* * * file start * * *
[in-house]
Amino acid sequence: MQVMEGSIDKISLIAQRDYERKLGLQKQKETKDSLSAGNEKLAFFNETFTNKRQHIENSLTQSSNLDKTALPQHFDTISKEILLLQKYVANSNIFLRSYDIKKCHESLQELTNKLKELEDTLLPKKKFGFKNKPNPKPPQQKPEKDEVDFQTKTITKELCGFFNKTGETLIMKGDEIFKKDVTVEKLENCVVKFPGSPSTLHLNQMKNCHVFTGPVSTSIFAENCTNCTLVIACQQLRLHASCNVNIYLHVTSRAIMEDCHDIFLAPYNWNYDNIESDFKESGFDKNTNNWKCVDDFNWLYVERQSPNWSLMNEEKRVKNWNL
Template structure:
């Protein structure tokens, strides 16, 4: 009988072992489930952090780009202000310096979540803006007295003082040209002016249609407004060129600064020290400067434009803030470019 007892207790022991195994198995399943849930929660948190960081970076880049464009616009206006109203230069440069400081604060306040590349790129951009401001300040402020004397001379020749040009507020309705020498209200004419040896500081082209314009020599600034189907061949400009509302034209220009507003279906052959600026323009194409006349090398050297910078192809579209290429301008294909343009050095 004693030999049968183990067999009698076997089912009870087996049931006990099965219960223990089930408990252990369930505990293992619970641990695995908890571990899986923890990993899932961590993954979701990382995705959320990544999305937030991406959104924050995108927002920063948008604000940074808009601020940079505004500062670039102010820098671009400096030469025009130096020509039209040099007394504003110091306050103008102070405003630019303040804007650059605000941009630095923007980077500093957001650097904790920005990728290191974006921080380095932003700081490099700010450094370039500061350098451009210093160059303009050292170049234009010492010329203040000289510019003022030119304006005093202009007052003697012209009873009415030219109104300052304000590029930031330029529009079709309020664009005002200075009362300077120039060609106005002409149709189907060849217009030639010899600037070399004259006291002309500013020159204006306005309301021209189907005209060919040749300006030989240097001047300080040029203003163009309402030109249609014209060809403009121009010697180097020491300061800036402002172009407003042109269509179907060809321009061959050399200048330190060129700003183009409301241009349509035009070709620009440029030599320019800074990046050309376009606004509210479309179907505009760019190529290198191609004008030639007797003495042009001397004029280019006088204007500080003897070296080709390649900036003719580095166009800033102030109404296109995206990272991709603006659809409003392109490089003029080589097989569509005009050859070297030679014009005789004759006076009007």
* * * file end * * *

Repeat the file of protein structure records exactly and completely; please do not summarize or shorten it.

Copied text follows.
[in-house]
Amino acid sequence: MQVMEGSIDKISLIAQRDYERKLGLQKQKETKDSLSAGNEKLAFFNETFTNKRQHIENSLTQSSNLDKTALPQHFDTISKEILLLQKYVANSNIFLRSYDIKKCHESLQELTNKLKELEDTLLPKKKFGFKNKPNPKPPQQKPEKDEVDFQTKTITKELCGFFNKTGETLIMKGDEIFKKDVTVEKLENCVVKFPGSPSTLHLNQMKNCHVFTGPVSTSIFAENCTNCTLVIACQQLRLHASCNVNIYLHVTSRAIMEDCHDIFLAPYNWNYDNIESDFKESGFDKNTNNWKCVDDFNWLYVERQSPNWSLMNEEKRVKNWNL
Template structure:
């Protein structure tokens, strides 16, 4: 009988072992489930952090780009202000310096979540803006007295003082040209002016249609407004060129600064020290400067434009803030470019 007892207790022991195994198995399943849930929660948190960081970076880049464009616009206006109203230069440069400081604060306040590349790129951009401001300040402020004397001379020749040009507020309705020498209200004419040896500081082209314009020599600034189907061949400009509302034209220009507003279906052959600026323009194409006349090398050297910078192809579209290429301008294909343009050095 004693030999049968183990067999009698076997089912009870087996049931006990099965219960223990089930408990252990369930505990293992619970641990695995908890571990899986923890990993899932961590993954979701990382995705959320990544999305937030991406959104924050995108927002920063948008604000940074808009601020940079505004500062670039102010820098671009400096030469025009130096020509039209040099007394504003110091306050103008102070405003630019303040804007650059605000941009630095923007980077500093957001650097904790920005990728290191974006921080380095932003700081490099700010450094370039500061350098451009210093160059303009050292170049234009010492010329203040000289510019003022030119304006005093202009007052003697012209009873009415030219109104300052304000590029930031330029529009079709309020664009005002200075009362300077120039060609106005002409149709189907060849217009030639010899600037070399004259006291002309500013020159204006306005309301021209189907005209060919040749300006030989240097001047300080040029203003163009309402030109249609014209060809403009121009010697180097020491300061800036402002172009407003042109269509179907060809321009061959050399200048330190060129700003183009409301241009349509035009070709620009440029030599320019800074990046050309376009606004509210479309179907505009760019190529290198191609004008030639007797003495042009001397004029280019006088204007500080003897070296080709390649900036003719580095166009800033102030109404296109995206990272991709603006659809409003392109490089003029080589097989569509005009050859070297030679014009005789004759006076009007």